The grandson of Nora Bernard has been sentenced to 15 years in prison for killing the Mi'kmaq activist in a crack-fuelled rage 13 months ago.
James Douglas Gloade, 25, learned his fate Friday in a packed courtroom in Truro.
He was charged with first-degree murder a few days after Bernard was found dead in her home on Nova Scotia's Millbrook First Nation on Dec. 26, 2007. He later pleaded guilty to the lesser charge of manslaughter.
The court heard the horrible details of Bernard's death.
Crown prosecutor Nigel Allan described how Gloade attacked his grandmother, 72, who had fought a long legal battle for compensation for residential school survivors, after she refused to give him more money for drugs.
That day Gloade had smoked $500 worth of crack and took prescription drugs Valium and OxyContin. Bernard had given him $20 to buy drugs.
When she refused a second request for cash, Gloade went out to his truck, smoked the rest of his crack and went back into the house. He then smashed his grandmother in the face three or four times and cut her throat with a kitchen knife.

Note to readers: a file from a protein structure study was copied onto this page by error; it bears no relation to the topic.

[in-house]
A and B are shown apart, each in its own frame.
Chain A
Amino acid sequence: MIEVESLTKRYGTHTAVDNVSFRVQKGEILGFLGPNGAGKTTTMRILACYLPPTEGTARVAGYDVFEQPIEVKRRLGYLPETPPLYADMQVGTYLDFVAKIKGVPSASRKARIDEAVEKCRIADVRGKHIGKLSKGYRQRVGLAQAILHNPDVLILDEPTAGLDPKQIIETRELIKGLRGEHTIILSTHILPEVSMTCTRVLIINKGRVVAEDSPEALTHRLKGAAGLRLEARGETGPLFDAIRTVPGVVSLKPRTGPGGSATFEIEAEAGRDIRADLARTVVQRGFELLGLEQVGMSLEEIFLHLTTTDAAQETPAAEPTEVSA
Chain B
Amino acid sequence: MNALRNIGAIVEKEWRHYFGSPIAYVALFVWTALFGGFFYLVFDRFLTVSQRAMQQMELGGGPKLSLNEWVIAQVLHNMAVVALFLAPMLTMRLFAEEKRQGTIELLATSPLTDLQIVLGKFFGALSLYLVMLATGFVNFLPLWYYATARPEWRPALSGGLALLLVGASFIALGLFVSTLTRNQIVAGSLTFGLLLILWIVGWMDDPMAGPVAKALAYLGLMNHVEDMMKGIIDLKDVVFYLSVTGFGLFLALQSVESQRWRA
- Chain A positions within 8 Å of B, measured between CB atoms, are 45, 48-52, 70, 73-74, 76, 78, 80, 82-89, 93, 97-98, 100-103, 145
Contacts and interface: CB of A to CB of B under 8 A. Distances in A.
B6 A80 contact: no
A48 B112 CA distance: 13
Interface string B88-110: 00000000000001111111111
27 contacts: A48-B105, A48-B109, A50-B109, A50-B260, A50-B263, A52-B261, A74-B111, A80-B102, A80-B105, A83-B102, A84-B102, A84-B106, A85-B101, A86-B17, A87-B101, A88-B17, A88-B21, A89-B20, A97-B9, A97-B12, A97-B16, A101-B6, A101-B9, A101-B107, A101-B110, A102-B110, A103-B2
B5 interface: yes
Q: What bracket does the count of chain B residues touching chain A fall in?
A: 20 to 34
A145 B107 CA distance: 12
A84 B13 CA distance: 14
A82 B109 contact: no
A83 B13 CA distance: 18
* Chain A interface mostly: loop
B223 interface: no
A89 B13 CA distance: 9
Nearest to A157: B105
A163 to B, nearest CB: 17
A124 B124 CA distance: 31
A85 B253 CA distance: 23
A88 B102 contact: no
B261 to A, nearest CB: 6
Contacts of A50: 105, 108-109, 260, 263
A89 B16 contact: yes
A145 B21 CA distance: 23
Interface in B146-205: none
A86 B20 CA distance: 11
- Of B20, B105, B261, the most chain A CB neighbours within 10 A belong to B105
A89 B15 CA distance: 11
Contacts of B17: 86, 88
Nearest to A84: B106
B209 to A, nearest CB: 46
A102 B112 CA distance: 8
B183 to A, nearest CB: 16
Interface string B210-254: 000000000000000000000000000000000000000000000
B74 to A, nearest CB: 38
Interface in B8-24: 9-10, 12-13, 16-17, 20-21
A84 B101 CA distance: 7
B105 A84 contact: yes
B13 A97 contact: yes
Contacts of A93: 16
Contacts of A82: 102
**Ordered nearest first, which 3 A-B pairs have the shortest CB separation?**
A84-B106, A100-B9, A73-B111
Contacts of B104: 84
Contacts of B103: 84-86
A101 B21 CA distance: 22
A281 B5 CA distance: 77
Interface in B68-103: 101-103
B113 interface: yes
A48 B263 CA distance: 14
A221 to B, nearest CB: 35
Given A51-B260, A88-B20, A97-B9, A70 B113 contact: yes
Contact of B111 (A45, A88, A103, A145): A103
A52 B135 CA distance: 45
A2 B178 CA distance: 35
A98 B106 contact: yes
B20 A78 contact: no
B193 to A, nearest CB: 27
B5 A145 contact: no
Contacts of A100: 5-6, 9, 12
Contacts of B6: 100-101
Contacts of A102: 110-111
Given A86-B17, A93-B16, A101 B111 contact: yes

"It's a brutal and savage crime that, on the face of it, seems senseless," Allan told the court. "He remains a real threat to anyone who defies him."
Gloade's mother, sister and four other family members read victim impact statements in court.
As they described their grief and horror, Gloade sat in the courtroom with his head in his hands and wiped tears from his eyes.
He offered an apology to his family.
"I'm ashamed for what I did," Gloade said. "I let my family down. I'm sorry."
But Leanna MacLeod, Gloade's aunt, said she can't accept that.
"He should have been a man and accepted responsibility from Day One — first-degree murder. He took my mother's life, his grandmother's life," MacLeod told reporters outside the court. "He plea bargained on his grandmother's life — unacceptable."
Allan argued that based on the violence of the crime and Gloade's 37 previous convictions, he should receive a sentence of life in prison with no eligibility for parole for 20 years.
Defence lawyer Stan MacDonald asked for a much shorter sentence of 10 years, plus credit for time served.
In handing down the sentence — 15 years in prison, less two years for time served — Judge John MacDougall said he had to balance the brutality of the crime with the fact that Gloade pleaded guilty to manslaughter.